IMG_0485It would make me very happy though if when you turn 39, I am still on Earth to celebrate your birthday with you and witness you creating your unique “happy recipe” for that special stage of your life. How special it would be for your mother to watch you fulfill your hopes, dreams, and expectations. If I am not here though, I leave you this letter I wrote when you were 5. If by coincidence you are reading it in a moment you are searching for happiness, I recommend you to look deep inside yourself for that happy little girl who must still live in there. She brought me so much happiness in life. I am sure she can bring some to yours too. Go there and find her.

Speaking Portuguese in the U.S.

By Ana Rubenstein

IMG_6650 2Almost every day, somebody will ask me how I taught my first language – Portuguese – to my children while living in the U.S. I always answer to them that I didn’t. So how are they bilingual? Well, from the day they were born, I spoke to them exclusively in Portuguese inside the house and everywhere we went. Now, at the ages of 4 and 5, my little ones can speak English and Portuguese with fluency and no accent. Pretty impressive but not as simple as it might seem. Continue on reading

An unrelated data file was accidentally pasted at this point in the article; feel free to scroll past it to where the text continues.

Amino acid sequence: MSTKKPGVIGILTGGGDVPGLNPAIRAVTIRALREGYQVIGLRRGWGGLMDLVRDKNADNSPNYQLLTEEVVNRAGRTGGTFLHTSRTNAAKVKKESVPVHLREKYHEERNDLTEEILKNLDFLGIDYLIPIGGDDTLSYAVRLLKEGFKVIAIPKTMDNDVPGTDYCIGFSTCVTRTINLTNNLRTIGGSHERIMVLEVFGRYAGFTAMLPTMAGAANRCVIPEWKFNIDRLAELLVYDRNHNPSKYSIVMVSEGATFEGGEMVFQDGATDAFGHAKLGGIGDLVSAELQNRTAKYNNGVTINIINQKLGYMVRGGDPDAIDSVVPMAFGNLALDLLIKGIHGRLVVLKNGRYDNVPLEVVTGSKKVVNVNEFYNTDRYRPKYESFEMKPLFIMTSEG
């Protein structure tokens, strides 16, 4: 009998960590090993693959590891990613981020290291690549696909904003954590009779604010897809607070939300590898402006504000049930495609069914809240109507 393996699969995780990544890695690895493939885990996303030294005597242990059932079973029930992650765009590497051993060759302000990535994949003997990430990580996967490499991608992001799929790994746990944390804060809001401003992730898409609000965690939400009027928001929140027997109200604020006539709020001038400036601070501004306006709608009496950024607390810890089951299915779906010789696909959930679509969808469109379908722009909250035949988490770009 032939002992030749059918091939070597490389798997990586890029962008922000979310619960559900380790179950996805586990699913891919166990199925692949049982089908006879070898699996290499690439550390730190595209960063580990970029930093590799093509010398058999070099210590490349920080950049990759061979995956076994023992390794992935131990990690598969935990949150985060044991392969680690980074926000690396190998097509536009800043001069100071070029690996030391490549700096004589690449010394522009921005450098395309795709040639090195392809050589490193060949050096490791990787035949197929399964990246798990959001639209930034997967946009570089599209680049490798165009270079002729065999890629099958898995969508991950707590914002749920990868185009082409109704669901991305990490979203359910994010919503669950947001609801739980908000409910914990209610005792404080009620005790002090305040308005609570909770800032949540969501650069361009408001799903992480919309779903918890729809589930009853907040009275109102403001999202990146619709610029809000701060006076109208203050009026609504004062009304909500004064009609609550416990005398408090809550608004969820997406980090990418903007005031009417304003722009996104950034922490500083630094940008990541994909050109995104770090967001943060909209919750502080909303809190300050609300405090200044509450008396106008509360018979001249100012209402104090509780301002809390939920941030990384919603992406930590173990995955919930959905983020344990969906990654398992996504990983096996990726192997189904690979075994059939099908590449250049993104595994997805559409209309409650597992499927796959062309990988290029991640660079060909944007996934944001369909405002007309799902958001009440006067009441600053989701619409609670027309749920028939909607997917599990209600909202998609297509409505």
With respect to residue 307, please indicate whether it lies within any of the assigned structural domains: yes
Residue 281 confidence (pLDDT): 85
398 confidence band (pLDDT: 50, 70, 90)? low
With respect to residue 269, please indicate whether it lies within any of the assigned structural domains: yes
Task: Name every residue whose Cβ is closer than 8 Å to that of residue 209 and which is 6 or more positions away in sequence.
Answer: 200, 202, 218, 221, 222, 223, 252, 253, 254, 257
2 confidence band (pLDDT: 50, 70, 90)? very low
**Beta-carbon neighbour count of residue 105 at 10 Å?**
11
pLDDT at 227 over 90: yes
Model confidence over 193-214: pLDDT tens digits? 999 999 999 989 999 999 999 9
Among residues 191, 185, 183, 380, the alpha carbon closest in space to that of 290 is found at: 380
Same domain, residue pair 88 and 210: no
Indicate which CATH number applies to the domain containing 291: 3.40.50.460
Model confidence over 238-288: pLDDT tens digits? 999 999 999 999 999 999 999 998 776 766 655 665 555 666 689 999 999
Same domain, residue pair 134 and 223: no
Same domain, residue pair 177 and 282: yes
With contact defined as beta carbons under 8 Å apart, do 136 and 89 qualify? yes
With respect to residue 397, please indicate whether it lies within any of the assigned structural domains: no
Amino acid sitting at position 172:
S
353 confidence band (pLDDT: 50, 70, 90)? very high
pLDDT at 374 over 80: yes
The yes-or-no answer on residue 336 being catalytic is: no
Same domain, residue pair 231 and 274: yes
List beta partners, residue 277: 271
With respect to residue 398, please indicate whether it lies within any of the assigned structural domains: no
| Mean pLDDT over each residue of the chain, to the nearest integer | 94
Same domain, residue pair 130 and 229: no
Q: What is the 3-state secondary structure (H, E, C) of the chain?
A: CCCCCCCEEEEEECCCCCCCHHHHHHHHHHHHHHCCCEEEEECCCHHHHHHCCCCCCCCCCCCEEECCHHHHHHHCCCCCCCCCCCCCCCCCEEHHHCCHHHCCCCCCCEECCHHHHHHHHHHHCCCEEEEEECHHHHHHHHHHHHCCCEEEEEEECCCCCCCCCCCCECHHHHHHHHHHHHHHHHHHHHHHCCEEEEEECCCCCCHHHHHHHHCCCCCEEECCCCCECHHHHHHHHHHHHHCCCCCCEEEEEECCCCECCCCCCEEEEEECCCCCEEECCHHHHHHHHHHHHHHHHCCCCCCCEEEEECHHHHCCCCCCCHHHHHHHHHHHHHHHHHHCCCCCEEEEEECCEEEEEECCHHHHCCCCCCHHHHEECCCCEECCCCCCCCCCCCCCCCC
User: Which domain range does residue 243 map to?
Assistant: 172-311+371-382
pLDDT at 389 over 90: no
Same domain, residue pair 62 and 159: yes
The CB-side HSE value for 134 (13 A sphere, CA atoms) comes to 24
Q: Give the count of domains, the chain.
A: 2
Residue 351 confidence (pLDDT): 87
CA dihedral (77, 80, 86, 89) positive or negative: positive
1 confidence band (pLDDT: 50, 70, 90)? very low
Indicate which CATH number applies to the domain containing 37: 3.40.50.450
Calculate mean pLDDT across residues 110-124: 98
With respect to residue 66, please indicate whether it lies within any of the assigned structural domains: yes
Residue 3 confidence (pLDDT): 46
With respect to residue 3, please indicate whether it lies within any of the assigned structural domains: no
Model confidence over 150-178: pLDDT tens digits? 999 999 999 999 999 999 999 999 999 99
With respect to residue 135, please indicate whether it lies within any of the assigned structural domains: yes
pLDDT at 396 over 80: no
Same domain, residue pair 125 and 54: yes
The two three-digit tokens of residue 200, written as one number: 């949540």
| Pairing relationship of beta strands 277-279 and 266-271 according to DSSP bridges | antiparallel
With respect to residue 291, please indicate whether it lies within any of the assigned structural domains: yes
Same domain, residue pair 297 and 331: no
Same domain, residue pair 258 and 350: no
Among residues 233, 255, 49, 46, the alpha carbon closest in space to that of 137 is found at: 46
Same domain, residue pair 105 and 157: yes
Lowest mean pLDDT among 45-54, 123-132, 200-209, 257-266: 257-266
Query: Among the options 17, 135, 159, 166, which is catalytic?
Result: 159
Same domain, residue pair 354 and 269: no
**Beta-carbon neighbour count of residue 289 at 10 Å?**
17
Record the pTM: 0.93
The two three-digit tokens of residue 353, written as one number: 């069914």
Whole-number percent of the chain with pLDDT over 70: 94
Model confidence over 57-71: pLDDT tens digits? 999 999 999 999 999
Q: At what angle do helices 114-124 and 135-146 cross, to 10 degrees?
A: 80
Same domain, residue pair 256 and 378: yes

Time for Forgiveness

By Ana Rubenstein

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Photo by rawpixel.com on Pexels.com

Last Sunday, I was pretending to be a dinosaur chasing two cheetahs inside the house. My children and I were having a wonderful time when suddenly my son and my daughter collided. His front teeth managed to hit her face and open a cut that I was scared to look at. I rushed to stop the bleeding and drove to the hospital emergency room where she got 6 stitches.